- 2001 saw no changes to the included variables from 1996
- Variables for persons who did or didn’t finish year 12 at school have changed slightly in both 2006 and 2011
check the SEIFA documentation for full details.
Click on this map to enlarge and see an animation of IRSD percentile values for the years 1986 to 2011.
You can see some quite dramatic changes over time. Two big trends of note are:
- Most inner city suburbs have gone from being some of the most disadvantaged to much less disadvantaged. It’s hard to imagine suburbs such as South Yarra and East Melbourne as being highly disadvantaged, but the data suggests that was the case in the 1980s. During this transformation, pockets of high disadvantage have remained, probably reflecting older government housing estates. There appears to have a been a fairly large change between 1986 and 1991. This could represent dramatic demographic change and/or reflect changes in the calculations of SEIFA index values.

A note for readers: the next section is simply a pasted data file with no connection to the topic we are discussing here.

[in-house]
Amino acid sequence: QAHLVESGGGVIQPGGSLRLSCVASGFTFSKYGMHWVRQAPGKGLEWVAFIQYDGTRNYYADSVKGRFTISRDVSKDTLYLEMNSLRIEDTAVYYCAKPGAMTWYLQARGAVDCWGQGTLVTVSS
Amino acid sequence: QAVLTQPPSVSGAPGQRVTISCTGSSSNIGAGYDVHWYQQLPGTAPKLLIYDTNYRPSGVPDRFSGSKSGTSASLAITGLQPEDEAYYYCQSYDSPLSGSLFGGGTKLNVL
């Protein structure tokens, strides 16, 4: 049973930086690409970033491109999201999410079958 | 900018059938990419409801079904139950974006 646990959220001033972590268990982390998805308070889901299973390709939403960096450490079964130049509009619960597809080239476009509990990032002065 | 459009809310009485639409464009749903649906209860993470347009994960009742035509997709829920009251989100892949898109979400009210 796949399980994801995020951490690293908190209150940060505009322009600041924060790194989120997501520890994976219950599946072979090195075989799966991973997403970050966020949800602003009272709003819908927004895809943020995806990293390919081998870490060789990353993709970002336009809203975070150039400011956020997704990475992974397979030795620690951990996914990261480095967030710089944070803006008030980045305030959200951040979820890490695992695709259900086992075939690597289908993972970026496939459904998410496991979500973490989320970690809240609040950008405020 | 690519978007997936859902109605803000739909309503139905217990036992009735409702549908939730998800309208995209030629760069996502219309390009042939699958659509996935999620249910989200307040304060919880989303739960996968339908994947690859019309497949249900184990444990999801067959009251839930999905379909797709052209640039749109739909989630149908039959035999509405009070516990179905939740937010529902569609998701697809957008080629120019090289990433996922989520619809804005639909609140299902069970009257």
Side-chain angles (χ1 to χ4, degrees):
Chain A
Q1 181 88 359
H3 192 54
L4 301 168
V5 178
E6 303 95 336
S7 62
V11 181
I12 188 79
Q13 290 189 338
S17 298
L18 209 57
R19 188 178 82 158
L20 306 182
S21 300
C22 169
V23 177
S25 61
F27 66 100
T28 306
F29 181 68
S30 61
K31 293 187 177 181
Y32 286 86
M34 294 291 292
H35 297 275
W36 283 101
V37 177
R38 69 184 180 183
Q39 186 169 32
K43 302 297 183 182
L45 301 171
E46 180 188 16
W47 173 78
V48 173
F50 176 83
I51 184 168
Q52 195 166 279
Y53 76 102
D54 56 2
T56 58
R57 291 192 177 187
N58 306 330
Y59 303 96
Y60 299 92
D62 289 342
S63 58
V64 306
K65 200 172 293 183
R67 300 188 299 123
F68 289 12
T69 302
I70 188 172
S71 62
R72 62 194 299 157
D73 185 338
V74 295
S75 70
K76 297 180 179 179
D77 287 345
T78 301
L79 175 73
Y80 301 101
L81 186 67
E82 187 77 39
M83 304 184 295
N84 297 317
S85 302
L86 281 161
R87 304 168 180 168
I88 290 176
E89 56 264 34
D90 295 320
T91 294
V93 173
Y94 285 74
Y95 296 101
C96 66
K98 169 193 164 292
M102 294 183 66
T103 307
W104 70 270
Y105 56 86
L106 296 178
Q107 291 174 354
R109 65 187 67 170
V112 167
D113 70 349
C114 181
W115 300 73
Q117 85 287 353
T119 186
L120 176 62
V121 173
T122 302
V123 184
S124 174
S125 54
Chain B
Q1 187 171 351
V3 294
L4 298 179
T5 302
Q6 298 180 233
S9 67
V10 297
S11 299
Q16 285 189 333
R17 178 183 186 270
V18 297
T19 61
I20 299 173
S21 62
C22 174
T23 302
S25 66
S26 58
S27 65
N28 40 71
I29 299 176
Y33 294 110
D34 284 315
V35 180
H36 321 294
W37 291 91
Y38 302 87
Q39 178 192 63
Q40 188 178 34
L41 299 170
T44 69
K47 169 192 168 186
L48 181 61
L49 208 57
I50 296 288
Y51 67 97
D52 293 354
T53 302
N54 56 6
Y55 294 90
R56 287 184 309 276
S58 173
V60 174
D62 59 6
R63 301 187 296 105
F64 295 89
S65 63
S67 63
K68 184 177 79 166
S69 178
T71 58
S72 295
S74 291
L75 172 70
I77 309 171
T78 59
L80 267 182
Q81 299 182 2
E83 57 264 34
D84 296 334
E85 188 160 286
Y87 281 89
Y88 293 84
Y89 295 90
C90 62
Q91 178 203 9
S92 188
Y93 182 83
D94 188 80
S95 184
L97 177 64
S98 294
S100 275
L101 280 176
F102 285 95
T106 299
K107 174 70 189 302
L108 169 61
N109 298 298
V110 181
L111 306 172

- Areas with the highest disadvantage have generally shifted away from the city centre (including some middle suburbs such as Carnegie), perhaps reflecting the growth in high-end CBD jobs driving the attractiveness of near city living.
- New urban fringe growth areas often begin with low levels of disadvantage, but have become more disadvantaged over time. This is particularly evident in areas such as Hoppers Crossing, Werribee, Melton, Deer Park, Craigieburn, Keysborough, Karingal, Epping, Hampton Park, Cranbourne, Altona Meadows and Keilor Downs. Perhaps this is because when these areas were initially settled there were many double-income-no-kids households that now have more kids and less income? It could also be a reflection of a turnover in the resident population.